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It's still a threat that they haven't officially made 1.0a irrevocable (only said they're "not touching it" in a social media post). Until that happens, the lich can pull the rug out from any publisher still using that OGL.
That's one reason we still need the ORC license.

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Xenagog wrote:

What proportion of D&D/Pathfinder players use VTTs?

I'm not asking that sarcastically to minimize the issue. I'm honestly wondering. I've never used a VTT in my life, and it didn't seem to me like something that was that ubiquitous, but I first started role-playing more than forty years ago so maybe I'm kind of an old fogey out of touch with current ways; I'm getting the impression VTTs are a lot more popular than I realized...

I can only play PF2 on a VTT. There is zero interest in my small town in playing anything else but the Big Game. So I have to find games where I can - online.

At this stage it seems pointless for me to purchase physical products when I know it's unlikely they'll ever be used at an actual table.

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Yeah. It's every company for itself. It's probably too late for Paizo or any other company to come out with a "lingua franca," and it would've been great to have seen Paizo again step out as a leader in the game industry like they did with Pathfinder 1e.
Honestly, as much as I love the content, the silence is deafening when we've seen MCDM, Kobold Press, and even Troll Lord Games stand up to the revocation of the OGL.
Even if it's a word to the fans that they're going to move in a new direction OR that they plan to stick with their release schedule. ANYTHING would be appreciated.

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Xyxox wrote:
12Seal wrote:
Ick, so "we get your stuff" is in full effect as of the 13th.
Only if you agree to it.

Kickstarter has agreed to it. Doesn't that mean that everyone who has active Kickstarters must also agree to it?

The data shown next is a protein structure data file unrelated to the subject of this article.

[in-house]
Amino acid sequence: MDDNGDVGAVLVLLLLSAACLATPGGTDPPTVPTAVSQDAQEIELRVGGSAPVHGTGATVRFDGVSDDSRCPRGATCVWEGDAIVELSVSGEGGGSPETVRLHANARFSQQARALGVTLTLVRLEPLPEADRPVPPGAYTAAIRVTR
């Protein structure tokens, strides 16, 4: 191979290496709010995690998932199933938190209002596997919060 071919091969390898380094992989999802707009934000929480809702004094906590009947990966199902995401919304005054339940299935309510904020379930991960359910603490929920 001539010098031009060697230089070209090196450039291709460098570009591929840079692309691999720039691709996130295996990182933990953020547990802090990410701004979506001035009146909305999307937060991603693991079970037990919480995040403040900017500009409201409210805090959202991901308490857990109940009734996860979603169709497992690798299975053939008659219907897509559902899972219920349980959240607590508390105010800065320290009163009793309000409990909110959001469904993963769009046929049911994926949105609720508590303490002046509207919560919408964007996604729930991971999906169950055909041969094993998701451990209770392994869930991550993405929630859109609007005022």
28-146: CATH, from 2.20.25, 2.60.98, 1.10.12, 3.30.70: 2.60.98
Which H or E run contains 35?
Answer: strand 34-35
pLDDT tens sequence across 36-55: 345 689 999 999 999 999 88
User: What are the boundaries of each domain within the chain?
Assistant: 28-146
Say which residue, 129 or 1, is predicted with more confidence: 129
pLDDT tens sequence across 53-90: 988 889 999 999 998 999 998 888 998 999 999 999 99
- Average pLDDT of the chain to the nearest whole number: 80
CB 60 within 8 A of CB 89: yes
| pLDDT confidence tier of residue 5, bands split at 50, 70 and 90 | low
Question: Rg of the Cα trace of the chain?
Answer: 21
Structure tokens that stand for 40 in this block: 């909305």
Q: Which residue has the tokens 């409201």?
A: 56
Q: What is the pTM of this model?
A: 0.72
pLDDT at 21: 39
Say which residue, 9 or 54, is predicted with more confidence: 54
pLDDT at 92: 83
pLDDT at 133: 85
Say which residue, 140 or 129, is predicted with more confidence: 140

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pres man wrote:

3pps: I lost my temper when I got my OGL and I guess I said a few thing I shouldn't have.

WotC: OGL? How did you get an OGL? I cut out OGLes this year.

3pps: Yeah. Thanks for telling us. I was expecting an opportunity. Instead I got enrolled in the screw you club. 22 years with the license. I've had an OGL every year but this one. You don't want to give OGLs, fine. But when people count on them as their plans, well what you did just plain...

Players: Sucks.

3pps: My barbarian, whose Strength is higher than his Intelligence...

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I downloaded all my PDFs from Paizo and have them safely stored on physical media.

I'm debating getting the official PDFs of things I normally access on Archives of Nethys [Dark Archive, etc.] - but that would get really pricey over the course of just a few days. (I wouldn't mind if I had a couple months to spread out the purchases.)

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I'm sorry that anyone is taking my request as entitlement. I appreciate the work FryGuy and other fan developers have done to bring the PF2 experience to Foundry VTT.
If I phrase it this way:
"Hey, it would be great if Paizo made more of their back catalog of APs, adventures, and PFS modules available on Foundry. As a busy GM running 4 weekly games, I would happily pay for the convenience to bring this premade content to my players.
I'm just a fan and customer: I don't have access to the resources Paizo has. They already show they have a team working on converting current adventures to Foundry. Is it possible they could contact the fan developers who are no longer able to update the code to keep the mods functional? Perhaps they could purchase the rights to that code for a minimal amount and agree to update it until such time as Paizo releases professional, paid versions of their past APs (some of which your fans are currently in the process of playing)?"
I am thankful for the suggestions of mods in this thread that will help me provide a better experience for my players. I will give these a try.

Guntermench wrote:
You can download older versions from your purchased licenses tab on foundryvtt.com. Install a second copy with a compatible version, export the stuff you want then import it on your working version. Kind of a pain, but eh. None of this has ever been Paizo's responsibility to begin with.

I run through the Forge, which I don't think it gives me that option. I will examine it as a possibility though. Thanks for the suggestion.

And I understand it's not Paizo's responsibility. But it is within their power to do it, potentially with little effort. It could save a good number of fans some considerable effort.

Guntermench wrote:
I don't really agree with it being a nightmare though. I guess if you think working with Foundry is an ordeal I can see it but how you think that is beyond me. At least now with V10 you can just upload the PDF directly into a journal entry, it just won't make all the scenes for you.

I can read the PDF from my laptop as I run a game. Simply having it in a journal entry really has no benefit to me.

What is difficult about it?